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Hadassah Medical Center in Yerushalayim is the first hospital in the country to offer meals to all patients that will be lower in fat, sugar, and other less-desirable diet components. The healthy meals will initially be offered to young patients, and eventually to all patients, the hospital said.
The menus were developed over the past few months by Hadassah’s chief chef, Amit Ziv, and the hospital’s head dietitian, Rivka Harari. “The meals were developed as a result of the greater consciousness of the need for healthy eating, especially among children, and the general lack of healthy eating among that group, which tends to consume empty calories and manufactured food.” With that, she added, the menu needed to be set keeping in mind that they were being offered in a hospital setting, and that individual patients had specific needs that had to be accommodated. Nevertheless, an effort will be made to use healthy ingredients, like whole grains, monosaturated oils and lower-fat ingredients.
According to Ziv, “it is very important to me that children hospitalized here feel at home, and that they eat things that they enjoy, like burgers – except that the burger we prepare is from meat we grind ourselves, so we know what it contains. We prepare potato wedges that look like french fries, but are not deep-fried, and the chocolate milk we serve is low-sugar. It looks like the food kids like, but its nutritional value is much higher.”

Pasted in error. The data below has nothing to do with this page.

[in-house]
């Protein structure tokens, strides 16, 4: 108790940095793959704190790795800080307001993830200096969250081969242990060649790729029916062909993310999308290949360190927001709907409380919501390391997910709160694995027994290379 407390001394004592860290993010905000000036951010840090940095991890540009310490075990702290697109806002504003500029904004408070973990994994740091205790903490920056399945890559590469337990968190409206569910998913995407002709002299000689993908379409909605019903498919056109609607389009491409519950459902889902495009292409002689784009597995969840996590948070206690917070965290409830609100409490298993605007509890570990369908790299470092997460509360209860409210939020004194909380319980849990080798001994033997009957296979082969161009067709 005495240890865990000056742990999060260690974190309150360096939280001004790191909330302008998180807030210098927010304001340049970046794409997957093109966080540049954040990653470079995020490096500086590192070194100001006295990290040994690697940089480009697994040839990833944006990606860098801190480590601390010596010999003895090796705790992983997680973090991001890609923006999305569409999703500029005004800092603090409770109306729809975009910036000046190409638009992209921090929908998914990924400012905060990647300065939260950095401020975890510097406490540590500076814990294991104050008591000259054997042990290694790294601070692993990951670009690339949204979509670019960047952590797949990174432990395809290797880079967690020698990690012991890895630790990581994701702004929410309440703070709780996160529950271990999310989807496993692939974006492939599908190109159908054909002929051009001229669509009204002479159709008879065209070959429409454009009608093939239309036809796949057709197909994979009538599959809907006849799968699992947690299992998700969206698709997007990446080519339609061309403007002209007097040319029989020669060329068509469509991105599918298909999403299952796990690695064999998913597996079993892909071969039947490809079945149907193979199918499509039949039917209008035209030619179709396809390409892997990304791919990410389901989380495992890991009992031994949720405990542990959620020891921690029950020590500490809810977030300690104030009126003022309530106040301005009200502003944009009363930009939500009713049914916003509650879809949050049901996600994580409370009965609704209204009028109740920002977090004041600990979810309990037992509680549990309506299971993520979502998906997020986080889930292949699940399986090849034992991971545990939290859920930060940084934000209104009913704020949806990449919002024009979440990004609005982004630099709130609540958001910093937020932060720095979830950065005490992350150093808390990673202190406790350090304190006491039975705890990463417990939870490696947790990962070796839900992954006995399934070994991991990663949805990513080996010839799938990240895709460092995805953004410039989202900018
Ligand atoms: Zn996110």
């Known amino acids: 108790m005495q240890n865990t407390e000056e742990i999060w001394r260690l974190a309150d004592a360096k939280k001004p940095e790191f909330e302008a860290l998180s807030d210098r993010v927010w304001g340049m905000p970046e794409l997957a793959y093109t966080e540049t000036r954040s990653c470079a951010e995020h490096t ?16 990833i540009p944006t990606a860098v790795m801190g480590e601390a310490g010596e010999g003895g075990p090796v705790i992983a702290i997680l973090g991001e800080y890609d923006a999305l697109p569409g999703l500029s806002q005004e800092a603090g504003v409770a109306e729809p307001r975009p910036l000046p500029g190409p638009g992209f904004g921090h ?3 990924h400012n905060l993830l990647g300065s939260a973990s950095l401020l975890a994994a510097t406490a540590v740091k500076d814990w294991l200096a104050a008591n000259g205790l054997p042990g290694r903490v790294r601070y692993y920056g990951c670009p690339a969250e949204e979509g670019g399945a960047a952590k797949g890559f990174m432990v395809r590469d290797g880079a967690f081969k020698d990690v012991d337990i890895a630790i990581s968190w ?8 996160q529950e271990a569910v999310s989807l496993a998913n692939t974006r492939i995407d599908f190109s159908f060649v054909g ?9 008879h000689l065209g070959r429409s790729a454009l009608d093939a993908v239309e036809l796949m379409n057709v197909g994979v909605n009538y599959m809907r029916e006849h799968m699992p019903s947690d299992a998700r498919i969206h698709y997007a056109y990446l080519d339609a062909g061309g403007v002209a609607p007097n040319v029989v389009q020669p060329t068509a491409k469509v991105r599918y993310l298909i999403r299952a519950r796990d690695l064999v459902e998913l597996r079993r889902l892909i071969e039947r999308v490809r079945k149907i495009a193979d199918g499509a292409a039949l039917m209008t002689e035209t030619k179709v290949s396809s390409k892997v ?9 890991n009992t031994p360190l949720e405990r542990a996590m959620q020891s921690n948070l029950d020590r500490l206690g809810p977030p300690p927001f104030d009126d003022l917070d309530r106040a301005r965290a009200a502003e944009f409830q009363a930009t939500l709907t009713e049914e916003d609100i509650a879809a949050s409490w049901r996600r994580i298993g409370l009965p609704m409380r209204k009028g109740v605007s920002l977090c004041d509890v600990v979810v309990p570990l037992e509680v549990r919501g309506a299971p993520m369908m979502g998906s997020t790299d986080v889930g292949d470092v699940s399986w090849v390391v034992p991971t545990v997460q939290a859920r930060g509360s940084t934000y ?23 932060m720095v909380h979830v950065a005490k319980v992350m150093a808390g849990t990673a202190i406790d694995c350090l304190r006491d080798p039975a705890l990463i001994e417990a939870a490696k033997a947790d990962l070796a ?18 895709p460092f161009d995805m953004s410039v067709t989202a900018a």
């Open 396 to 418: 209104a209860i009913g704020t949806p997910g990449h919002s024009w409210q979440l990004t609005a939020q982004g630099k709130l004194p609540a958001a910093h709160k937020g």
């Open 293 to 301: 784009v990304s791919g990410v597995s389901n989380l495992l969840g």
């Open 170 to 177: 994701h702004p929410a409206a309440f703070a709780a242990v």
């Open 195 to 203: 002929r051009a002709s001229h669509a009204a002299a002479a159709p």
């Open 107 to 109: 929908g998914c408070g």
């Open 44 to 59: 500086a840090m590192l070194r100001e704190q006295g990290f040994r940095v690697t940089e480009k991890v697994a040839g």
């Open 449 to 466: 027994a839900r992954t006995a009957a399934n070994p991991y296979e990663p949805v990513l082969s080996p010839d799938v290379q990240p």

The hospital has presented the menus to Health Minister Rabbi Yaakov Litzman, who was “very enthusiastic” about the change, Hadassah said. Minister Rabbi Litzman has been on an aggressive campaign to reduce the amount of junk food in the Israeli diet. According to statistics supplied by the Central Bureau of Statistics and analyzed by the Ministry, 44 percent of Israelis – nearly one out of two – are overweight or obese, and the same is true of 21 percent of first graders. By seventh grade, 30 percent of kids are overweight. In the past, Rabbi Litzman said that among the biggest “victims” of junk food was the chareidi public. Children are often “treated” to snacks at Talmud Torahs and shuls after they participate in learning sessions, and that practice needed to stop, or at least adjusted in order to prompt children to eat healthier.
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